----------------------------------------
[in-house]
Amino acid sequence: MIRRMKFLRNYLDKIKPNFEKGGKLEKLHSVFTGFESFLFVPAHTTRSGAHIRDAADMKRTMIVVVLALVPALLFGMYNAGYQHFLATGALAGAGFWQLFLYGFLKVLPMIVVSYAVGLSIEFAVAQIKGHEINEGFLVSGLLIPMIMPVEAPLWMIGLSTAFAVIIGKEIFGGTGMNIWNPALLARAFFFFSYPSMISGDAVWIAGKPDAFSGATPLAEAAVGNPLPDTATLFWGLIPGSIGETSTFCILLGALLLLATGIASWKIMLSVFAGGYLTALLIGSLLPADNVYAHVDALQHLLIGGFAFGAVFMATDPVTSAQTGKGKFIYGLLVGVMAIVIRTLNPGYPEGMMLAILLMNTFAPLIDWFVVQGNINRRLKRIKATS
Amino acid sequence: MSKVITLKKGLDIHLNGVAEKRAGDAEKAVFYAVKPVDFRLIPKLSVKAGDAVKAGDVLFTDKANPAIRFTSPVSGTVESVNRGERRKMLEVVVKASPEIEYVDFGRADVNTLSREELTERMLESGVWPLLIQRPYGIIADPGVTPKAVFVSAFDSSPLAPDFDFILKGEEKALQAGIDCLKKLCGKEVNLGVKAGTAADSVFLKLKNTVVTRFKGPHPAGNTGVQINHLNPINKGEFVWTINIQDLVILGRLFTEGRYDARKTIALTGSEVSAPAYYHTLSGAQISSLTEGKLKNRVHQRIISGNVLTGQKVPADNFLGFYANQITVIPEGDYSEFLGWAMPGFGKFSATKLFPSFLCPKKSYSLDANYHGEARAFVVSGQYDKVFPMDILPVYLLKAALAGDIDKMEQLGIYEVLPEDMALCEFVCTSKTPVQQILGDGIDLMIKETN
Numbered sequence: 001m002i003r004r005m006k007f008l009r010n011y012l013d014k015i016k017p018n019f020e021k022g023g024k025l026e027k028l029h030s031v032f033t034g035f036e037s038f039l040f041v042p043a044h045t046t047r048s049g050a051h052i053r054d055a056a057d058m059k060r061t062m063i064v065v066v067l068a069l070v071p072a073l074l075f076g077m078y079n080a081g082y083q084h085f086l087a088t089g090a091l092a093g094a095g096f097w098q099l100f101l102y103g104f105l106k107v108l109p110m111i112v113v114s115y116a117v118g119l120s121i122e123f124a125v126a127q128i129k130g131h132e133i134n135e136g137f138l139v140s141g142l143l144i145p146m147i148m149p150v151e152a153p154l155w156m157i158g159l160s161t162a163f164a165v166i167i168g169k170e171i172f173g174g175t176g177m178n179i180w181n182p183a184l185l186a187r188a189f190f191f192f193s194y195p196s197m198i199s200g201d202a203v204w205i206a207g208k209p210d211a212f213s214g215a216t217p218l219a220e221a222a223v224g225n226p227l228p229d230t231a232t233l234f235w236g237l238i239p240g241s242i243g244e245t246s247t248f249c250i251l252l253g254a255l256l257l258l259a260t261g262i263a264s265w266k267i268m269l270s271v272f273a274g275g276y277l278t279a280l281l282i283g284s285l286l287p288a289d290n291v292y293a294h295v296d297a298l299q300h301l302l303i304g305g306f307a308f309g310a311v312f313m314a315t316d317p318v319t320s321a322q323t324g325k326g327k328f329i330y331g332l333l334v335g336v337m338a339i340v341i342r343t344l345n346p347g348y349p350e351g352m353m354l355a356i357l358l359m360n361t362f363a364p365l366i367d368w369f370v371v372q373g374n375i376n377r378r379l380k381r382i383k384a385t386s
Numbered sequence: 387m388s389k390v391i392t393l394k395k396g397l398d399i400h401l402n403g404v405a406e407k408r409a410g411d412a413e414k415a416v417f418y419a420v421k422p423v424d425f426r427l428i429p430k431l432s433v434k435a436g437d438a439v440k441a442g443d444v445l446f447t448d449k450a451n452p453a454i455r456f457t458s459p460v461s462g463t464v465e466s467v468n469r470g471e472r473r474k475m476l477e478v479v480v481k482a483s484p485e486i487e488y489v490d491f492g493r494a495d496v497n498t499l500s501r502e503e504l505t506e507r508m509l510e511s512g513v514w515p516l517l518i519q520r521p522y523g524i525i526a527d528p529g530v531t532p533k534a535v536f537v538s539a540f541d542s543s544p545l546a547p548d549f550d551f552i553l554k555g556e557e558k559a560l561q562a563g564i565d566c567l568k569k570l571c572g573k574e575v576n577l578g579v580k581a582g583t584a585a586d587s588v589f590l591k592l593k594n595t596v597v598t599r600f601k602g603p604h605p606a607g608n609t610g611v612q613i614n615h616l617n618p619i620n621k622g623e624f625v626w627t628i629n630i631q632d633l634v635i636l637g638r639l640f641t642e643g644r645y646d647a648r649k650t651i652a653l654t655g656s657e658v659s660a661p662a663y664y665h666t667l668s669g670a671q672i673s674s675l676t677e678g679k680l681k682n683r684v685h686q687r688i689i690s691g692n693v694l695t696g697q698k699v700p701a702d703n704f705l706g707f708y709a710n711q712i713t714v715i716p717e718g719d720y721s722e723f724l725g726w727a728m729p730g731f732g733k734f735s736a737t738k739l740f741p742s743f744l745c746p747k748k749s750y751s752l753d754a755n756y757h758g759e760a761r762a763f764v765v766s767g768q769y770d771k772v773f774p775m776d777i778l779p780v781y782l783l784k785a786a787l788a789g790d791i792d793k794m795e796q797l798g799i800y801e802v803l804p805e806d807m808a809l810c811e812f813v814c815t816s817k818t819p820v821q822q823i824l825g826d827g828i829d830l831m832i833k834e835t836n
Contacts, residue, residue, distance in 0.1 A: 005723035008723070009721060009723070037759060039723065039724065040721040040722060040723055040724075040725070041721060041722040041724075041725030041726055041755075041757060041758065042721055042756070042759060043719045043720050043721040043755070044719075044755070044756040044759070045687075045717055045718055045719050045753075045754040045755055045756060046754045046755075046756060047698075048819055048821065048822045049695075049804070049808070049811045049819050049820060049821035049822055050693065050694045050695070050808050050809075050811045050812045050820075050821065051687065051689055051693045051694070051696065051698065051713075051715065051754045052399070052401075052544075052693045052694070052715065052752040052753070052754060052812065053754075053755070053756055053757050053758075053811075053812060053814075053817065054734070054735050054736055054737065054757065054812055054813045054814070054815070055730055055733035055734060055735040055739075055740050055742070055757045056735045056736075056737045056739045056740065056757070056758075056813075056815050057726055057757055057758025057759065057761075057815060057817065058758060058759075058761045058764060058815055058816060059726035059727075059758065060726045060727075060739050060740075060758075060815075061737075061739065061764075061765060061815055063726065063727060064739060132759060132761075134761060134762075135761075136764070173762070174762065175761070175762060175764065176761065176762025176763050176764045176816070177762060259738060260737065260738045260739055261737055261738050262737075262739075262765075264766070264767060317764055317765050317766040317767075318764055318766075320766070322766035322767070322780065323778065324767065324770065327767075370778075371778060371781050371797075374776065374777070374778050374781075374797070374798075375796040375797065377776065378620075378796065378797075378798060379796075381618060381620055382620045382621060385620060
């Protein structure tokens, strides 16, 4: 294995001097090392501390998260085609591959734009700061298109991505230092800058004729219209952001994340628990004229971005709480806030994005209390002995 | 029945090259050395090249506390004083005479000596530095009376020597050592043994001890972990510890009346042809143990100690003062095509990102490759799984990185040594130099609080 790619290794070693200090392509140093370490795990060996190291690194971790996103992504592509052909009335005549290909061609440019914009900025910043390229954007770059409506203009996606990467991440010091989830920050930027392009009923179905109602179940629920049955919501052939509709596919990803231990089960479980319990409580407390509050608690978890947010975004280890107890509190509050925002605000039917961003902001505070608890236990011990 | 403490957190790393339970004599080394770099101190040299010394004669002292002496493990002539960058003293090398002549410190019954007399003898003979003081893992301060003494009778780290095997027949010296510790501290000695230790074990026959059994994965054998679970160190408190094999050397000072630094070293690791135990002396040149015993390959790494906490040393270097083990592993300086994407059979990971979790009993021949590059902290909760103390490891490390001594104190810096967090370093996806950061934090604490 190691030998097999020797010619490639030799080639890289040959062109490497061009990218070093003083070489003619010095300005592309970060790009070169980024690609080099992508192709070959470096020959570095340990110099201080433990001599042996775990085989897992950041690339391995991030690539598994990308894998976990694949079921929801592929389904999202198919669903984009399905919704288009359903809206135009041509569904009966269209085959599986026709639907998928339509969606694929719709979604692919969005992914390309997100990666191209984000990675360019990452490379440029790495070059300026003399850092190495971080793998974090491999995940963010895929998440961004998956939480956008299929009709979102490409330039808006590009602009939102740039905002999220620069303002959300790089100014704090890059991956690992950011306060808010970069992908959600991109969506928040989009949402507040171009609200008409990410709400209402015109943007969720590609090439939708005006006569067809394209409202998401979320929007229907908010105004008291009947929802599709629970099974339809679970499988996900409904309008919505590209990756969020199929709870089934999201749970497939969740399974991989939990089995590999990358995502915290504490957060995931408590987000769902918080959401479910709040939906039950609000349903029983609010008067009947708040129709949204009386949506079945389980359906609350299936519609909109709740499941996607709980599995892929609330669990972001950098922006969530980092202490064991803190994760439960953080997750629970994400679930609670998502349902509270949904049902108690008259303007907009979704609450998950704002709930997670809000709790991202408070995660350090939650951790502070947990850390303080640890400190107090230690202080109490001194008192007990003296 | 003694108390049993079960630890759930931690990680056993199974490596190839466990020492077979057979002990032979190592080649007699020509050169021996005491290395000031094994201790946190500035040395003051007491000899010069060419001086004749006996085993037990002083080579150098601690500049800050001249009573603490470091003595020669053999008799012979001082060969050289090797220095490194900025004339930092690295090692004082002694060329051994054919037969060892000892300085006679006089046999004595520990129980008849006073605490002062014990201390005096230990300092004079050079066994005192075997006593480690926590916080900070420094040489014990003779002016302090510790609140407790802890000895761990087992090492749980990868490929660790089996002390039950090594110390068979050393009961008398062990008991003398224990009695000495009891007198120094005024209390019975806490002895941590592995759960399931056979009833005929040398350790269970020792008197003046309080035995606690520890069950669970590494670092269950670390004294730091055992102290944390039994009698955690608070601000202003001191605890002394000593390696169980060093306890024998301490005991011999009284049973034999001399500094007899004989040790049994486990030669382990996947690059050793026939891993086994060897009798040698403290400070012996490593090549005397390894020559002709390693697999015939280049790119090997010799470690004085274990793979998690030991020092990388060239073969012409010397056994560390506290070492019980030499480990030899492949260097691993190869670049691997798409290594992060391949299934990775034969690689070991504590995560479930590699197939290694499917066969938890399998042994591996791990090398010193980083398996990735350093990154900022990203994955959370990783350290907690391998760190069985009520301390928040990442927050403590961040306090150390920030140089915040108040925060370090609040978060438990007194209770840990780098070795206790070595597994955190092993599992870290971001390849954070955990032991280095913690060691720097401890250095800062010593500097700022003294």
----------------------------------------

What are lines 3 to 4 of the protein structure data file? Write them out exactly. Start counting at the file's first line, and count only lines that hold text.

Amino acid sequence: MSKVITLKKGLDIHLNGVAEKRAGDAEKAVFYAVKPVDFRLIPKLSVKAGDAVKAGDVLFTDKANPAIRFTSPVSGTVESVNRGERRKMLEVVVKASPEIEYVDFGRADVNTLSREELTERMLESGVWPLLIQRPYGIIADPGVTPKAVFVSAFDSSPLAPDFDFILKGEEKALQAGIDCLKKLCGKEVNLGVKAGTAADSVFLKLKNTVVTRFKGPHPAGNTGVQINHLNPINKGEFVWTINIQDLVILGRLFTEGRYDARKTIALTGSEVSAPAYYHTLSGAQISSLTEGKLKNRVHQRIISGNVLTGQKVPADNFLGFYANQITVIPEGDYSEFLGWAMPGFGKFSATKLFPSFLCPKKSYSLDANYHGEARAFVVSGQYDKVFPMDILPVYLLKAALAGDIDKMEQLGIYEVLPEDMALCEFVCTSKTPVQQILGDGIDLMIKETN
Numbered sequence: 001m002i003r004r005m006k007f008l009r010n011y012l013d014k015i016k017p018n019f020e021k022g023g024k025l026e027k028l029h030s031v032f033t034g035f036e037s038f039l040f041v042p043a044h045t046t047r048s049g050a051h052i053r054d055a056a057d058m059k060r061t062m063i064v065v066v067l068a069l070v071p072a073l074l075f076g077m078y079n080a081g082y083q084h085f086l087a088t089g090a091l092a093g094a095g096f097w098q099l100f101l102y103g104f105l106k107v108l109p110m111i112v113v114s115y116a117v118g119l120s121i122e123f124a125v126a127q128i129k130g131h132e133i134n135e136g137f138l139v140s141g142l143l144i145p146m147i148m149p150v151e152a153p154l155w156m157i158g159l160s161t162a163f164a165v166i167i168g169k170e171i172f173g174g175t176g177m178n179i180w181n182p183a184l185l186a187r188a189f190f191f192f193s194y195p196s197m198i199s200g201d202a203v204w205i206a207g208k209p210d211a212f213s214g215a216t217p218l219a220e221a222a223v224g225n226p227l228p229d230t231a232t233l234f235w236g237l238i239p240g241s242i243g244e245t246s247t248f249c250i251l252l253g254a255l256l257l258l259a260t261g262i263a264s265w266k267i268m269l270s271v272f273a274g275g276y277l278t279a280l281l282i283g284s285l286l287p288a289d290n291v292y293a294h295v296d297a298l299q300h301l302l303i304g305g306f307a308f309g310a311v312f313m314a315t316d317p318v319t320s321a322q323t324g325k326g327k328f329i330y331g332l333l334v335g336v337m338a339i340v341i342r343t344l345n346p347g348y349p350e351g352m353m354l355a356i357l358l359m360n361t362f363a364p365l366i367d368w369f370v371v372q373g374n375i376n377r378r379l380k381r382i383k384a385t386s